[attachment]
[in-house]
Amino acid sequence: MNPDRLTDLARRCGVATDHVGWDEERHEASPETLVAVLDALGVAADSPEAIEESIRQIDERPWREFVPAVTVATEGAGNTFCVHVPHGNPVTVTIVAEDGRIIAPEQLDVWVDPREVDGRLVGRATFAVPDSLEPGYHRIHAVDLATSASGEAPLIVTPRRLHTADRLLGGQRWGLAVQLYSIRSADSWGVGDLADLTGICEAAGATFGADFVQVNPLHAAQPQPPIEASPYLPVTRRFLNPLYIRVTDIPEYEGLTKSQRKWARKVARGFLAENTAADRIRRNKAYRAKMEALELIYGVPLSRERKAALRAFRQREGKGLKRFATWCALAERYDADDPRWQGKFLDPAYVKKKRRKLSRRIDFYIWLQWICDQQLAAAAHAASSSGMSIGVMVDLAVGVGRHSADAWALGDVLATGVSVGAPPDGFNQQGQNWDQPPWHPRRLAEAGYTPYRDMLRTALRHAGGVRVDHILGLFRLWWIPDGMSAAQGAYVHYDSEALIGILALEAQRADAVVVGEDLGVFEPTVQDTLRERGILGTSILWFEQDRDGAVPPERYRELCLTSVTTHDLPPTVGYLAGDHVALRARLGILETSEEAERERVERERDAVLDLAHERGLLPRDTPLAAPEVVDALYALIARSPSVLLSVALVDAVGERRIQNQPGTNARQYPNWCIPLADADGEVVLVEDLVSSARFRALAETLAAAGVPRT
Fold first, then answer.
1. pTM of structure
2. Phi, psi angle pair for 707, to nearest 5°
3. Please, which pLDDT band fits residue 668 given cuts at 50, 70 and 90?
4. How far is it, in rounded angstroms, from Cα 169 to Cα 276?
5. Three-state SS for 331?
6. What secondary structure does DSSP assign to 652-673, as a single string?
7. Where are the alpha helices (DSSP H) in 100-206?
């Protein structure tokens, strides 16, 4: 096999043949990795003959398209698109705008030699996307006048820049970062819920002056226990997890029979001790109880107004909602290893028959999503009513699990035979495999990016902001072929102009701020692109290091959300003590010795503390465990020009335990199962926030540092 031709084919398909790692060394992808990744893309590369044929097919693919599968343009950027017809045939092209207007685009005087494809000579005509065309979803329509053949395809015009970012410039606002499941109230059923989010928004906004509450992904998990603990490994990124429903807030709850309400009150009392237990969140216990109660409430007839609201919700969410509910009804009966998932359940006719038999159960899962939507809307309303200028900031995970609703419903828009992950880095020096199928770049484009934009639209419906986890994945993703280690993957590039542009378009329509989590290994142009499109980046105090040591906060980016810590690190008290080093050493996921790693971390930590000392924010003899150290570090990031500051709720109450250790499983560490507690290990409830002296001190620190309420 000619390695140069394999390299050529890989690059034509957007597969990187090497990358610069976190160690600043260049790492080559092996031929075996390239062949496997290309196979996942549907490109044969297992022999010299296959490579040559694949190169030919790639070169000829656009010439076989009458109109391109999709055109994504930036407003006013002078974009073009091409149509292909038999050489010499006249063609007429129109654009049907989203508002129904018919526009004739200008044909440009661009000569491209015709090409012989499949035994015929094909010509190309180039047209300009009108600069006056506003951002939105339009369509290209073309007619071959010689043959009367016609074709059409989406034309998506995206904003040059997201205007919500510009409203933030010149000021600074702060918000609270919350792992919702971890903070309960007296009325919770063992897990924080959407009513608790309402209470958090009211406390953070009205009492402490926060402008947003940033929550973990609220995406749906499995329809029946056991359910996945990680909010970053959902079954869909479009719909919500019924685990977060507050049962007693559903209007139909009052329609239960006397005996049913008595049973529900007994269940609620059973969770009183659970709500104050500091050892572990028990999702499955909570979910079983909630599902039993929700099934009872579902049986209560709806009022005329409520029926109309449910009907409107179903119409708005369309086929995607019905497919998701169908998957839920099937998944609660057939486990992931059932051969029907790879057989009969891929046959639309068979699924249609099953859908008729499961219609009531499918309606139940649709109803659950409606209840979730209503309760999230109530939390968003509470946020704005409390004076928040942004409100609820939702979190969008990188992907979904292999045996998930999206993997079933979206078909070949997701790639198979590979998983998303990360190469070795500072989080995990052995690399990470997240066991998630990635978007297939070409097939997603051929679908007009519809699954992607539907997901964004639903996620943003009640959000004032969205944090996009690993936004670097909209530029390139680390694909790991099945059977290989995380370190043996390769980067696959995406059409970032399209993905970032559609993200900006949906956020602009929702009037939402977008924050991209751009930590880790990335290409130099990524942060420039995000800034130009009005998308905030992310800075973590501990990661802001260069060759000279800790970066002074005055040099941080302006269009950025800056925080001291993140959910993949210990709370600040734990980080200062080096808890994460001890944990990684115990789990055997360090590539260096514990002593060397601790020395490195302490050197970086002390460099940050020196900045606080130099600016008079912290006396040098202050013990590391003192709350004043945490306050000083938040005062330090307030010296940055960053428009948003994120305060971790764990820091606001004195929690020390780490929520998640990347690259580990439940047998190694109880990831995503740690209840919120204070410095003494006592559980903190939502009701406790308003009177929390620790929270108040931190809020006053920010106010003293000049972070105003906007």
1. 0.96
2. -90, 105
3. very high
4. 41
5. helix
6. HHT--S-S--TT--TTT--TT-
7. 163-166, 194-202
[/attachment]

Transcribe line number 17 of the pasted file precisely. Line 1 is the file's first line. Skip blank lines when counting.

6. HHT--S-S--TT--TTT--TT-